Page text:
Most people outside of London cultivate a nostalgic image of the happy go lucky, cheerful cockney, strutting down the back streets of the East End, nattering away in rhyming slang on the way to a pub for a few cheeky pints after a long old day at the market.

Whether it ever was that way is up for debate but either way, the image of the East End is changing. It’s becoming more cosmopolitan, more urbane, the word “gentrified” is thrown about by politicians, online blogs and locals alike, and there may be some truth to it.

The café culture is moving in making the East End, more than ever before, a place to visit for food and socialising. Art Galleries and museums are springing up alongside alley ways thick with street art and a new clientele of academics and artists are starting to plug their wares alongside fruit and veg stalls, fish mongers and butchers.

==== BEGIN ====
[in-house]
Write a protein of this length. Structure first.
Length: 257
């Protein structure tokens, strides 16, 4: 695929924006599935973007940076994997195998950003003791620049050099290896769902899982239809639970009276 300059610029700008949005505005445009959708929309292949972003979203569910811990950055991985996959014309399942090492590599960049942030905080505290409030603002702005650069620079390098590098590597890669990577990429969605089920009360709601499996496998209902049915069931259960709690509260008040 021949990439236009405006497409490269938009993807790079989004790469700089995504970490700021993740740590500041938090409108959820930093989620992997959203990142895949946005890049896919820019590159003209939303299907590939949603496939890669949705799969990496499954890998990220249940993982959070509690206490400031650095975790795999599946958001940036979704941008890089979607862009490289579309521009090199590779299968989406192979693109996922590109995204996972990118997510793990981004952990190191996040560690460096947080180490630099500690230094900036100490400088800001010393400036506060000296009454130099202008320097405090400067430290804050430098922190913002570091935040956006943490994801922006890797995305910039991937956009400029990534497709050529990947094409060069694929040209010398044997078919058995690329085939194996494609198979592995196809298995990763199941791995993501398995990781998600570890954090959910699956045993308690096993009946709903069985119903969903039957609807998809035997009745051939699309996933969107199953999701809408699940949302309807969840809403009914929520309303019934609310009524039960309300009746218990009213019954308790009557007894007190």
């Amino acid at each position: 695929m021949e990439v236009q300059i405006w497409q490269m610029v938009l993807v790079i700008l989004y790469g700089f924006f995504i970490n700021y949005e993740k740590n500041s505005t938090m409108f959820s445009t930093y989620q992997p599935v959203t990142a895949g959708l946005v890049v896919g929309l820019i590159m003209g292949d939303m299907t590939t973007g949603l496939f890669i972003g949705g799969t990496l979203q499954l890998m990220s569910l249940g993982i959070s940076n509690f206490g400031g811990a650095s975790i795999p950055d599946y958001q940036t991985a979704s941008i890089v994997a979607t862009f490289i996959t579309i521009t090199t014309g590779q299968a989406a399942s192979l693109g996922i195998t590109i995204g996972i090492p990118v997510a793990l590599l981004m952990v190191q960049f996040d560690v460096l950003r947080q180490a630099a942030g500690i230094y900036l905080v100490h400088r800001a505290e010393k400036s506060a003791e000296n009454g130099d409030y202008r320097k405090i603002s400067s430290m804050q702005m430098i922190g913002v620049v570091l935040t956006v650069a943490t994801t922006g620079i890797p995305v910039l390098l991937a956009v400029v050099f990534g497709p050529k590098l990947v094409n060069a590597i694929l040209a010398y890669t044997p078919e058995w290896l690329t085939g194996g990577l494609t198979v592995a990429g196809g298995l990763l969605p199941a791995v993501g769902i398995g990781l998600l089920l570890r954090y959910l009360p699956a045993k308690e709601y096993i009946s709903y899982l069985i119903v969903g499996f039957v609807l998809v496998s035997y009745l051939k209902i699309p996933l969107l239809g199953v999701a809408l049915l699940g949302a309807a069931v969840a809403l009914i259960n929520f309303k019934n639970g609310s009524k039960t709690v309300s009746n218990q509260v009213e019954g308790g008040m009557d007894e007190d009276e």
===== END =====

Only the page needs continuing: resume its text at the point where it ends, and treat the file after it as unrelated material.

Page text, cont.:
Some are resistant to change, others are encouraging it but regardless the East End has managed to retain a sense of community. Sandwiched between the bustling metropolis of Central London along the Thames and the Essex Countryside the East End has endured. It was blown apart and put back together again during the Second World War and immigration brought new faces and new cultures to its streets.

In the East End you will find some of the oldest parts of modern London, some of which have remained unchanged for nearly 300 years. There are tightly packed, busy roads swollen with pubs and shops. Independent markets and superstore chains vie for customers while people from all walks of life go about their business.

Given the nature of London’s transport system, getting there is easy. Depending on the time you have in the big smoke you might consider taking in one of many East End tours or walks. It is a fascinating, exciting place which is practically splitting at the seams with culture and history. What better time to experience it, than now, on the verge of another of its historical changes.